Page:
A look inside a Mississippi school’s meat processing class

Published 5:37 am Saturday, December 4, 2021

At the height of Mississippi’s deer season, more than a dozen students donning white butcher coats and hairnets take their positions at stations in Mantachie High School’s meats lab each day to process deer.

Mantachie’s meat processing class is the only one of its kind in the state of Mississippi.

Students debone and cut minute steaks, which are then tenderized and placed in vacuum-sealed bags. What’s left on the bone is cut off and turned into breakfast sausage, hamburger or stew meat, whichever the customer prefers.

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At the end of the day, students’ butcher jackets are washed and all surfaces and equipment are thoroughly cleaned.

Matt Spradling, food products teacher at Mantachie, is in his fourth year as instructor for two meats processing courses. His Meats 1 class covers the basics of safety, sanitation and the cutting process. By the time students reach the Meats 2 class, they know how to process cows, hogs and deer with limited guidance.

The class starts processing deer on Oct. 1, the first day of deer season. They cut meat one day per week until the middle of November, when gun season opens. Then the students cut almost every day until they get out for Christmas break.

When students return after the break, they’ll process meat every day until mid-February, when deer season ends in Alabama.


The meats processing class was created in 1989 and now has about 30 students across both classes.

The students primarily process deer — usually between 500 and 550 each year — but they also process about 50 hogs and eight cows annually.

Over the years, the Mantachie High School shop has gained popularity through word-of-mouth. Spradling has had hunters bring deer from as far away as Houston, Mississippi, and Red Bay, Alabama.

Hunters can drop their deer off at Mantachie’s shop building to be processed only during school hours, from 7:15 a.m. to 3 p.m.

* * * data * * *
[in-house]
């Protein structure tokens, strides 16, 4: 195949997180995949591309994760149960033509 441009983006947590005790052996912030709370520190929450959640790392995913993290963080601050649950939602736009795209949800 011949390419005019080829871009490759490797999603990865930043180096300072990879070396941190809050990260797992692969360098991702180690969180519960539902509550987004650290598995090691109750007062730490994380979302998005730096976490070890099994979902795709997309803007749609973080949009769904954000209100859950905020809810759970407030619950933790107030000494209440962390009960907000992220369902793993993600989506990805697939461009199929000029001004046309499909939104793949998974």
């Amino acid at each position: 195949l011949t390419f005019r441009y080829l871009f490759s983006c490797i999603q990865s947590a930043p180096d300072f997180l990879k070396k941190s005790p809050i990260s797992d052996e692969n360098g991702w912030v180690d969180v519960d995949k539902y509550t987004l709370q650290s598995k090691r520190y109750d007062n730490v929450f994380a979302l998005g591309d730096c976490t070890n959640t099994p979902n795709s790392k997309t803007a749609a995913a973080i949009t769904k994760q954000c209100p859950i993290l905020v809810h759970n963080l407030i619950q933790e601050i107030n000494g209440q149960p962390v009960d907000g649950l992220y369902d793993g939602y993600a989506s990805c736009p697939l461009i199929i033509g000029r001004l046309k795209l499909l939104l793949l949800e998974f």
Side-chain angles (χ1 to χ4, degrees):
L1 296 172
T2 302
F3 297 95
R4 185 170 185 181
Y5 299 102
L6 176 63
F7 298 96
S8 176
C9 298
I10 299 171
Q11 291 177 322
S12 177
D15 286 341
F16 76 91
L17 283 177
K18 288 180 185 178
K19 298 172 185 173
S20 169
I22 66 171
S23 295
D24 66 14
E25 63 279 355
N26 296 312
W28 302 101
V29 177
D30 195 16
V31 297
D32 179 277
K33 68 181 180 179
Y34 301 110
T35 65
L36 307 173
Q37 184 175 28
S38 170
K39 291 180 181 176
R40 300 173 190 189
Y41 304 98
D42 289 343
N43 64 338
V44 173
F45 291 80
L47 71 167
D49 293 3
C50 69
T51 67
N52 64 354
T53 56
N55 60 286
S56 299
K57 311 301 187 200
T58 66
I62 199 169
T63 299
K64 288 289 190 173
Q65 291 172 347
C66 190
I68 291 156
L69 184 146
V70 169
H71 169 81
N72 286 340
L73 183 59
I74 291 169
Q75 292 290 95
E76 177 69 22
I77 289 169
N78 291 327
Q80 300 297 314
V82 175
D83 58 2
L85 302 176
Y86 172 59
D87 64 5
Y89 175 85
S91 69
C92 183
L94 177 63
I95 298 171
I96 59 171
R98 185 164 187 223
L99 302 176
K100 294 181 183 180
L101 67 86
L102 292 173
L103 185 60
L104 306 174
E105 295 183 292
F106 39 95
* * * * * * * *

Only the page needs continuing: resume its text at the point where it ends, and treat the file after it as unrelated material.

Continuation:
Deer hang in the cooler room at a temperature of about 35 degrees for three to eight days to allow the meat to age before being butchered. After being processed, the meats are stored in a freezer, which is kept between 0 and 2 degrees.

Having a deer processed by the students costs $35 to $45, depending on which cuts of meat the customer wants.

Students get hands-on experience learning a valuable skill and hunters pay less to have their meat processed, making it a win-win situation for all involved.

All money made from processing meat goes to the school’s FFA chapter and is used to buy supplies for the meats lab and pay for trips to contests or pay for FFA jackets.

“It’s a teaching tool,” Spradling said. “But it also helps pay for some of the other stuff that we do in the chapter.”


In Spradling’s class, students learn skills like retail identification, marketing, supply and demand, wrapping, display and pricing.

“It teaches you something that very few can do anymore,” Spradling said. “It teaches you a lot of skills, (like) if you had to kill something, cut it up, clean it, preserve it and sanitize everything like you would need to. You could even make a living with it.”

Tanner Boutwell, a 15-year-old 10th grade student, is already putting skills learned in Spradling’s class to good use.

Boutwell’s stepfather recently opened a meats processing business in Mantachie called Comer’s Meat Shack. After cutting meat at school, he returns home to do the same.

Boutwell’s watched deer being processing since he was 6 years old, but learned the ins and outs of the process at Mantachie High.

“I learned out here first, then carried the skill on and used it,” Boutwell said. “I’ve learned how to separate a hindquarter, the parts of beef, some stuff I wouldn’t really know if I wasn’t out here.”

Boutwell enjoys the hands-on aspect of the class, getting to process meat himself. He plans to become a farmer, but thinks he will continue to be involved in processing deer throughout his life.

“It taught me a real life skill that I can actually carry on in my life and use later on,” he said.